Yet recall that the opposite emotions—disengagement and cynicism in the post-recession business world—are widespread. Hiring managers may know and live their organization’s values, but employers cannot mandate engagement with mission statements. A cynical new-hire prospect with plenty of informal networking and communication resources to find out about a company may slip through a quick, “gut-feel” interview process and quickly prove to be a poor organizational fit. Both company and individual lose if this happens.
Bridging the Gap
Bridging the perceptual gap is a fundamental benefit from the use of assessment testing in the new hire process. It is estimated that more than 80% of midsize and large companies use personality and ability assessments of new hires for entry and midlevel positions. The goal may be to help the employer hire a specific type of individual, or to rule out someone who does not fit. Either way, by identifying candidates with the potential to excel and the type of top performers they can be, personality testing makes hiring systematic, not hit-and-miss.
Similarly, job seekers must understand themselves—what they want and need for job success. Defining underlying needs and motivations through testing shows what drives behavior and how to achieve passion for the job. The best tests provide a frame of reference to assess personal interests, job needs, work style, and career satisfaction. Each person has unique strengths, weaknesses, productive behaviors, and stress behaviors. Personality testing identifies and brings those traits into focus to facilitate better integration of core capabilities into professional life.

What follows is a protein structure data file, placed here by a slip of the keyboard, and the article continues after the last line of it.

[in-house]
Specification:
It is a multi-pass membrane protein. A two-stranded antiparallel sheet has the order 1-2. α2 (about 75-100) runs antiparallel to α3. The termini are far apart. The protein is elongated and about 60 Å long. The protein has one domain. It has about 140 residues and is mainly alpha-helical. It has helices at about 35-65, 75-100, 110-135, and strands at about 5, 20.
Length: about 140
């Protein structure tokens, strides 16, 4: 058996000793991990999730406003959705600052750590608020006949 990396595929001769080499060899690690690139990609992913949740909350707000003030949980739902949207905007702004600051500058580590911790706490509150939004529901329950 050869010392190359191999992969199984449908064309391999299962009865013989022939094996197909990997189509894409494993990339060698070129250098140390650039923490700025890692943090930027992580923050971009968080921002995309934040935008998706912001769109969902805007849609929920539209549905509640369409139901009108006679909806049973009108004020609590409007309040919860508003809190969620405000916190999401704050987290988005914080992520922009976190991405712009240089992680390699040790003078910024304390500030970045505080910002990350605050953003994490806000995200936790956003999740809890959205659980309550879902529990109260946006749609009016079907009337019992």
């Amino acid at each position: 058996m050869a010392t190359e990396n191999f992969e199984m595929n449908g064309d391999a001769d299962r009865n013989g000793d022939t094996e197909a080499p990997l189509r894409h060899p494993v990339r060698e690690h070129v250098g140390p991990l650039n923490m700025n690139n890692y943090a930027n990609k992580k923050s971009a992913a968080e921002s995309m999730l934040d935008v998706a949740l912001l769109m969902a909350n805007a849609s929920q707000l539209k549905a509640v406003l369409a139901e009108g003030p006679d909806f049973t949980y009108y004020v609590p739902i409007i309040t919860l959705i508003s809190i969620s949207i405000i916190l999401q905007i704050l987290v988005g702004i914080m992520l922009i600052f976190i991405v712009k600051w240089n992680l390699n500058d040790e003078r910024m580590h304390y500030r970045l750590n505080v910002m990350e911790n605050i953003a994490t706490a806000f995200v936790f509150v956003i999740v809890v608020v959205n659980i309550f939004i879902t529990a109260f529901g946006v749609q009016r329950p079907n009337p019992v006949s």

When done right, testing identifies traits that help any hiring manager assess employees’ ability to make workplace productivity contributions, by answering these questions:
- Do they work better alone or on a team?
- Do they prefer a structured or flexible work environment?
- Do they take initiative or need guidance?
- Do they think in terms of details or the big picture?
Each person has unique strengths, weaknesses, productive behaviors, and stress behaviors that may be similar to or differ from peers. Personality testing identifies and brings those characteristics into focus, and employers that use testing to understand what drives the people they hire and promote can be more effective at competitive performance and profitable growth.
Meeting the challenge to hire, develop, and retain the right people should be a consistent effort that integrates personality testing to identify the best talent with the best capabilities. By identifying which candidates have the potential to excel and the type of engaged performers they can be, personality testing is a solid foundation for future performance. Personality testing offers the best way to identify promotable candidates and accelerate their move into positions of responsibility, because it offers objective methods that find the right fit of person and position that encourages high potential individuals to execute to the fullest of their capacities. Testing takes the guesswork out of hiring engaged employees, helping any organization build a sustainable foundation for the future.